The Red Sea is a harsh environment characterized by high salinity and temperature, and how benthic organisms respond to the environment therein is still relatively unexplored. Here, we looked at the intertidal population of the snake sea cucumber, Synapta maculata, found in a species-rich seagrass meadow on the southern coast of the Red Sea in Saudi Arabia. The objectives of the study were (1) to examine the changes in S. maculata abundance from spring to fall in a multi-species seagrass meadow (Halodule pinifolia, Halodule univervis, Halophila ovalis, and Halophila stipulacea) and (2) to determine the relationship between the abundance of S. maculata with the selected abiotic environmental variables (depth, salinity, temperature, pH, dissolved oxygen, wind speed, wind direction, air temperature, relative humidity, and barometric pressure). The abundance of S. maculata was assessed using three permanent 50 × 4 m belt transects. Results showed that the abundance of S. maculata was present from March to June (approximately 4 individuals per 200 m2). We observed a drastic decline in the following months that coincided with the die-off of the seagrass meadow. The abundance of S. maculata differed significantly among sampling months. Correlation analysis revealed a significant positive relationship between the abundance of S. maculata and dissolved oxygen, wind speed, and barometric pressure. At the same time, salinity, water temperature, and air temperature showed a significant negative relationship. The generalized linear model suggested salinity, pH, and dissolved oxygen were the main environmental factors that influence the population of S. maculata. Overall, the population dynamics of S. maculata in this area was driven by the combination of extreme abiotic environmental factors and the presence of seagrass meadows.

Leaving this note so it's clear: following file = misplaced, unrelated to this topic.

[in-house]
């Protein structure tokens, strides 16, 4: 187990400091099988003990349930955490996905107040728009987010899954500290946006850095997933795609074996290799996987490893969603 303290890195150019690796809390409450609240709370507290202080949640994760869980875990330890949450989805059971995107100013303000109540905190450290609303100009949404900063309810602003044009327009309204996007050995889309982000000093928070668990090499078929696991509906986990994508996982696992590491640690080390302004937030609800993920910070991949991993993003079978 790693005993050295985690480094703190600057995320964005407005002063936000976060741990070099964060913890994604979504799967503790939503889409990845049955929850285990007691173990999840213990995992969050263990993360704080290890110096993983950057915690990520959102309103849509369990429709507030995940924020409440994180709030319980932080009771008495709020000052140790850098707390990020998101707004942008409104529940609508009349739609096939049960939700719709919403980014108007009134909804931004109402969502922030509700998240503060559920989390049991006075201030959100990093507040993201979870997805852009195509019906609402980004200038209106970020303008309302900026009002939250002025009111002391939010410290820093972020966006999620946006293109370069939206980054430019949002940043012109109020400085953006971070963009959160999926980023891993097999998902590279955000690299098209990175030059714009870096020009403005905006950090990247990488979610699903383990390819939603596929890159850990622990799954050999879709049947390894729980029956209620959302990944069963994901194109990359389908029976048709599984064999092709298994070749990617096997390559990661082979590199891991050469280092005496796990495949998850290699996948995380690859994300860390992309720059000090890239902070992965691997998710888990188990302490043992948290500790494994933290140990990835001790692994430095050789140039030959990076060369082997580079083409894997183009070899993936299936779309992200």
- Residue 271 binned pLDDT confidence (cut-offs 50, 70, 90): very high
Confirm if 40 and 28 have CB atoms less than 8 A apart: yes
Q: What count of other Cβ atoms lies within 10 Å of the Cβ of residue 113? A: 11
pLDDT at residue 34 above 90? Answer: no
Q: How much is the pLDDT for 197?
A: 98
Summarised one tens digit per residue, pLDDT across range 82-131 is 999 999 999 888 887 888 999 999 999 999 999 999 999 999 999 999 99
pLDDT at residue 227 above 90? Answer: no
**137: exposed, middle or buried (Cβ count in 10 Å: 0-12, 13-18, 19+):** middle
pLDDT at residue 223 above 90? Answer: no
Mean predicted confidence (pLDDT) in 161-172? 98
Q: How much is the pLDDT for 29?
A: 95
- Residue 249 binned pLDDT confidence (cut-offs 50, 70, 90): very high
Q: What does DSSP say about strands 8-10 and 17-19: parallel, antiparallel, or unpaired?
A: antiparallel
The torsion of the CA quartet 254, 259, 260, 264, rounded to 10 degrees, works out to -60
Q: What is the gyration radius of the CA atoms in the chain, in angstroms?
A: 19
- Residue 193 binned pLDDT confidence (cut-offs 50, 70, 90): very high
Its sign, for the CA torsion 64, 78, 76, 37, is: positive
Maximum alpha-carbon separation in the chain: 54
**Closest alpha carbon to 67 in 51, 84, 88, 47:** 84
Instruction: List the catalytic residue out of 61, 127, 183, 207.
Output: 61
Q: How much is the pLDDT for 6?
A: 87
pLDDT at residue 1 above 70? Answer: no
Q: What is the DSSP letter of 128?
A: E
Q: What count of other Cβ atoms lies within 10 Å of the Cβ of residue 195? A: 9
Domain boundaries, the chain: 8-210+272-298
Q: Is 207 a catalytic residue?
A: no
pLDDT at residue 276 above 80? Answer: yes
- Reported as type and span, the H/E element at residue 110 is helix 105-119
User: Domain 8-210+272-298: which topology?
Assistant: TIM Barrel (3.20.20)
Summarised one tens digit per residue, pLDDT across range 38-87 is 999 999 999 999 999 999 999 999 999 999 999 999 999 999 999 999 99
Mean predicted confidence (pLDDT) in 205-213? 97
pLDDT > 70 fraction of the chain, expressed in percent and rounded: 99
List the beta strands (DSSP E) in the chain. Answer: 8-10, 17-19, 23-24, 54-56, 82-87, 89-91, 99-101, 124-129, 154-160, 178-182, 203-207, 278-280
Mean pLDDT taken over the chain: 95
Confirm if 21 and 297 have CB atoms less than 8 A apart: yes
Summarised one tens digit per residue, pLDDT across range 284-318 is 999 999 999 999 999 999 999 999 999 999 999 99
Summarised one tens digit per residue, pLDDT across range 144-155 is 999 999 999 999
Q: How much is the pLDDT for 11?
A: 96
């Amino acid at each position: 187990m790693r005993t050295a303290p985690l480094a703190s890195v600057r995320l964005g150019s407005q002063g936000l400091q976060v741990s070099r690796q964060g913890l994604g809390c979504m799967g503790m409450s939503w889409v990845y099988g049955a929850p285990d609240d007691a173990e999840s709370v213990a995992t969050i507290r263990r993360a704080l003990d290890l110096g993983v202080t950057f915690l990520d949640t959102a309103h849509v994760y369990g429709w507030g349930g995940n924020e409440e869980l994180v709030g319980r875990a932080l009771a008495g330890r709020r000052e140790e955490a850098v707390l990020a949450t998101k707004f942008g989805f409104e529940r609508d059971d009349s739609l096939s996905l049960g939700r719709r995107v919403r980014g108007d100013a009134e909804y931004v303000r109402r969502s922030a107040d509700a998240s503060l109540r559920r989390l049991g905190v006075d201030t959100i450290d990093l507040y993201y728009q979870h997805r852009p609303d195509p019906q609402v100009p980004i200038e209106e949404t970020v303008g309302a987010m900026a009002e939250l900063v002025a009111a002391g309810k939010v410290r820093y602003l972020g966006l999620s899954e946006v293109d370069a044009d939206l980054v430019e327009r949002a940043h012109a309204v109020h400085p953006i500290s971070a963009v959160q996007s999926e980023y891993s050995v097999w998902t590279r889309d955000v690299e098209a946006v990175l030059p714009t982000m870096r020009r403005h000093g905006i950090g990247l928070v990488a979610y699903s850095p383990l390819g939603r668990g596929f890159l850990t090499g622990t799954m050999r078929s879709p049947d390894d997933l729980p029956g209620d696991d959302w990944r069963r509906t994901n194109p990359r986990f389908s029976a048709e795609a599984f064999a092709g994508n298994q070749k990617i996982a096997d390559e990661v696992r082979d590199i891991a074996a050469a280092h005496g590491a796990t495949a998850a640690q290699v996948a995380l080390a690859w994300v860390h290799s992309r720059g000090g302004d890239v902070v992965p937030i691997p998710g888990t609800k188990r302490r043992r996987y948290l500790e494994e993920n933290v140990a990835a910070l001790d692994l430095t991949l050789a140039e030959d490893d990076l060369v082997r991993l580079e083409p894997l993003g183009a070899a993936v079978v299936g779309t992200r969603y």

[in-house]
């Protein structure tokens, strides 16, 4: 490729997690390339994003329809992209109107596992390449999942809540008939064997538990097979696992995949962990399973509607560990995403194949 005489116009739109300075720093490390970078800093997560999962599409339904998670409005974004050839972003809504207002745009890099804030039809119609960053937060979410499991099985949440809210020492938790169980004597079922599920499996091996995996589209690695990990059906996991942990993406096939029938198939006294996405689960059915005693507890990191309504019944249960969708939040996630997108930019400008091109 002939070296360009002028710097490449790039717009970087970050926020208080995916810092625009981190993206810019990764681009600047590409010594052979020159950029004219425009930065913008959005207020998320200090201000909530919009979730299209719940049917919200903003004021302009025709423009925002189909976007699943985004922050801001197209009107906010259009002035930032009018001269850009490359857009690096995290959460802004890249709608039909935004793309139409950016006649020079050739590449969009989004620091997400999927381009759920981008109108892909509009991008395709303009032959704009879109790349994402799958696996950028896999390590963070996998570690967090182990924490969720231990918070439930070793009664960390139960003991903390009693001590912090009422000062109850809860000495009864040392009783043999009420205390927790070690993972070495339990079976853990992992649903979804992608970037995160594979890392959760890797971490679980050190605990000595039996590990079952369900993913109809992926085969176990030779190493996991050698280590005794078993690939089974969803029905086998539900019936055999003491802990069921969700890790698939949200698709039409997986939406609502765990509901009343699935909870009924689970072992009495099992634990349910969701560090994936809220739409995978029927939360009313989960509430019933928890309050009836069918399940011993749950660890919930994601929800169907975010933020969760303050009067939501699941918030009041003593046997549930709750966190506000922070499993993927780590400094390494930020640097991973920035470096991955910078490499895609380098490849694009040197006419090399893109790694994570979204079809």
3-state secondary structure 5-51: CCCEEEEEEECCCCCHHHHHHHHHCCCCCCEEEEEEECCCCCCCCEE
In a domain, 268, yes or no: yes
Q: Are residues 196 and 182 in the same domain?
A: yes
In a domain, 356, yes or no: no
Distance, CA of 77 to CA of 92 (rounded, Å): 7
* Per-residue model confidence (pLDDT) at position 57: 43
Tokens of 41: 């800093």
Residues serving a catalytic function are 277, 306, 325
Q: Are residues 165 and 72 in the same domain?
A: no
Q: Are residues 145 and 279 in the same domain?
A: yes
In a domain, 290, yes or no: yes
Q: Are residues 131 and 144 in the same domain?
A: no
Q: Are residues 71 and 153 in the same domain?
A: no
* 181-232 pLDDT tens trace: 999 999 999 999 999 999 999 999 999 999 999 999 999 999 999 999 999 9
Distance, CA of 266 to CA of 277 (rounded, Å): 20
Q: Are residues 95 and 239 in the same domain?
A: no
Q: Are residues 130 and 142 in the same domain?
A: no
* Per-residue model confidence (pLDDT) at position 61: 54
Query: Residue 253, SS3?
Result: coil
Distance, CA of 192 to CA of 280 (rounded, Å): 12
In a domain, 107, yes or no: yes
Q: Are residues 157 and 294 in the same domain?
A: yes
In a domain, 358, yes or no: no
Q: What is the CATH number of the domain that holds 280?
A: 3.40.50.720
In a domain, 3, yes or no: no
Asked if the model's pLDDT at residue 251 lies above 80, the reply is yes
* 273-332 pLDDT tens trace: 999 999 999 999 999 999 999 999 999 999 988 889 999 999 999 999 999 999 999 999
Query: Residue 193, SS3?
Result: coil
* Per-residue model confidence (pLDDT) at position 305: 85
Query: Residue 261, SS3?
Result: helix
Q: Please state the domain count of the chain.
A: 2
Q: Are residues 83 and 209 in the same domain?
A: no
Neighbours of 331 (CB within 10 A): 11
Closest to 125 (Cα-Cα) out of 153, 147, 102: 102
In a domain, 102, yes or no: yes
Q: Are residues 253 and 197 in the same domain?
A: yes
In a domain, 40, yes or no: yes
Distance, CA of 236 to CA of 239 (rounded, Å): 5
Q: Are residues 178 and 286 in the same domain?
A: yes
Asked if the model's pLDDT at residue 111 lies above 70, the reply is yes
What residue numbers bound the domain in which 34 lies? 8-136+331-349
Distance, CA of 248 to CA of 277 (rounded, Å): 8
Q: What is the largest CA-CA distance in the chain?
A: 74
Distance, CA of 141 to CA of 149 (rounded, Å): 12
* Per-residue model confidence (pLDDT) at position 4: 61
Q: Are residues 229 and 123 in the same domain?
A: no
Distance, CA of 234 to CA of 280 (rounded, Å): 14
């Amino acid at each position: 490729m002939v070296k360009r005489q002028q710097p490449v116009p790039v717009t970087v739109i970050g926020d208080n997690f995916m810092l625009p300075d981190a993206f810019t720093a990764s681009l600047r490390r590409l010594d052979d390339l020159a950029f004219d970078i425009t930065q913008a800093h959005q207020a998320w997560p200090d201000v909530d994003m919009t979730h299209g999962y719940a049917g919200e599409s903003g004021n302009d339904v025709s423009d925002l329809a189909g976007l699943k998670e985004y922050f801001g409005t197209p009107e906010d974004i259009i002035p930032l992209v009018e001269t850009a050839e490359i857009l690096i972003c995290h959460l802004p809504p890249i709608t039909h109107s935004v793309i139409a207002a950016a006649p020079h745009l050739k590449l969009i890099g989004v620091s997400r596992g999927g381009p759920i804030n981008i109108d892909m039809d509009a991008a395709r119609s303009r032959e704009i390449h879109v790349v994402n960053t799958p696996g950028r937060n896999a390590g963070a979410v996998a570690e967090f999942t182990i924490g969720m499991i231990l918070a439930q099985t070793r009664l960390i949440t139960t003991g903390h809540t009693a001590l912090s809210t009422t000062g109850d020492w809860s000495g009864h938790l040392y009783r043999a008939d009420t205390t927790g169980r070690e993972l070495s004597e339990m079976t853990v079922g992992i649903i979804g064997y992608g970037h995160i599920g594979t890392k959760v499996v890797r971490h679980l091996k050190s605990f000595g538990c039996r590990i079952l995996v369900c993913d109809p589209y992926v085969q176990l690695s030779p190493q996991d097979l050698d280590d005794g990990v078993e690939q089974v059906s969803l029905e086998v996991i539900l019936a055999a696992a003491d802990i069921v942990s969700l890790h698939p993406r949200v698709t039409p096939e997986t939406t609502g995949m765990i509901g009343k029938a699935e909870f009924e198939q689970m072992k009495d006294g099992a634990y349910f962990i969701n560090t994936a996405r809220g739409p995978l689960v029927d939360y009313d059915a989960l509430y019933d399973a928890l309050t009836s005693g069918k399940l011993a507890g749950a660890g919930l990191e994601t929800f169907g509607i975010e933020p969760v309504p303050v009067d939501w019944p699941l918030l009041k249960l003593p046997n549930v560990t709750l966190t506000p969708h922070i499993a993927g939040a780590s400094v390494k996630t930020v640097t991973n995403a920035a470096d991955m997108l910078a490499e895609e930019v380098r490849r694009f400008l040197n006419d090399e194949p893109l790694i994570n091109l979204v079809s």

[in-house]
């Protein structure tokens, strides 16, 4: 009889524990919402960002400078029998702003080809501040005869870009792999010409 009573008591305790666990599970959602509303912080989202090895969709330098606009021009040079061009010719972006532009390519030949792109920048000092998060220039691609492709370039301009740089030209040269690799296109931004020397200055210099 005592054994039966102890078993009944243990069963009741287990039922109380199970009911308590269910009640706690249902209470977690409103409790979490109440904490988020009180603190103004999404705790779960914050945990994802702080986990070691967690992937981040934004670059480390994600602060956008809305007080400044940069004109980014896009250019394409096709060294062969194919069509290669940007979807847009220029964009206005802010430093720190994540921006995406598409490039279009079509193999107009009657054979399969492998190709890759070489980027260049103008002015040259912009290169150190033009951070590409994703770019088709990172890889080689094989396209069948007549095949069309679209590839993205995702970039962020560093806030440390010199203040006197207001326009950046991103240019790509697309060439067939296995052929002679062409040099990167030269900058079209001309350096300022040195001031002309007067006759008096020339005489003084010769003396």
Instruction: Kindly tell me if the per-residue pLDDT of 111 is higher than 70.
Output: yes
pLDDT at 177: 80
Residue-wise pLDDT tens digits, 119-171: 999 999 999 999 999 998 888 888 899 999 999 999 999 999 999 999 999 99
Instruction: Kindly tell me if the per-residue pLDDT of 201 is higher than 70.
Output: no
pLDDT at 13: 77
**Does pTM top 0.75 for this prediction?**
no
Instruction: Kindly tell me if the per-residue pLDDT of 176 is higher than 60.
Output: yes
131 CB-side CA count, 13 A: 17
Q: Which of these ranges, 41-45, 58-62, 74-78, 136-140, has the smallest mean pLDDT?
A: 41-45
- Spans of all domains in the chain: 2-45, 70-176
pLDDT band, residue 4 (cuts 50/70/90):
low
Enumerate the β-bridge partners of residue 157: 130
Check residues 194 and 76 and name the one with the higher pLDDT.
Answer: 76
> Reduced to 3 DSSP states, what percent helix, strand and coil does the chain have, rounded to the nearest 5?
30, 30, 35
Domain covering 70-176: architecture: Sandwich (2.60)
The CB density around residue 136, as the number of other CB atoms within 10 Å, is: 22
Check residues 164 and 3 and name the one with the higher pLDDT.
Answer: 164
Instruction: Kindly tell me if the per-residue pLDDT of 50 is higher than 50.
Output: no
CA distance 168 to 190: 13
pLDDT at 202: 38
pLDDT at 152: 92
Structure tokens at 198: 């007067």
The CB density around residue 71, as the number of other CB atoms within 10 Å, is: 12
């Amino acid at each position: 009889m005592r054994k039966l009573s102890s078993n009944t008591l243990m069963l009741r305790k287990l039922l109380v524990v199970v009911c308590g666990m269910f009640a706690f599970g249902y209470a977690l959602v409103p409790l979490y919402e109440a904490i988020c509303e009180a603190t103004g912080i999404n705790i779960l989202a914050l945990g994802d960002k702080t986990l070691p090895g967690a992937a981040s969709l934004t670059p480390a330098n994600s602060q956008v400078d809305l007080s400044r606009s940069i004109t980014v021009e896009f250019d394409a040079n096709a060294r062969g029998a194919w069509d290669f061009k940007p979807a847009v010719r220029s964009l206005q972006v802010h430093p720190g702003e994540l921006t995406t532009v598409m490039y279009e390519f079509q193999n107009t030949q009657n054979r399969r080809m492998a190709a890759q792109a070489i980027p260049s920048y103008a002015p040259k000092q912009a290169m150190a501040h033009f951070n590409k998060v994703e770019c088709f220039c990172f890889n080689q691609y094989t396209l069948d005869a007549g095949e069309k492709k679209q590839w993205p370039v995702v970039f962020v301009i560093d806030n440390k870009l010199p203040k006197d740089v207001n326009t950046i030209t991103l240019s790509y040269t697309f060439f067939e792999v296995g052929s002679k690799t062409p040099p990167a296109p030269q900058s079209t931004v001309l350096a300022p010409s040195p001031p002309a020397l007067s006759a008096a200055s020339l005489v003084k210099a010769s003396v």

KAUST Repository Item: Exported on 2023-09-05
Acknowledgements: The authors are grateful for the field assistance of Emad Al-Thubaiti and Ahmed Mousa Tuhaysh, and to Ali Raza for sharing the meteorological data from the Air Quality Monitoring Station. Special thanks to Azher Syed Hussain for the creation of the sampling map.
- Animal Science and Zoology
- Ecology, Evolution, Behavior and Systematics
- Aquatic Science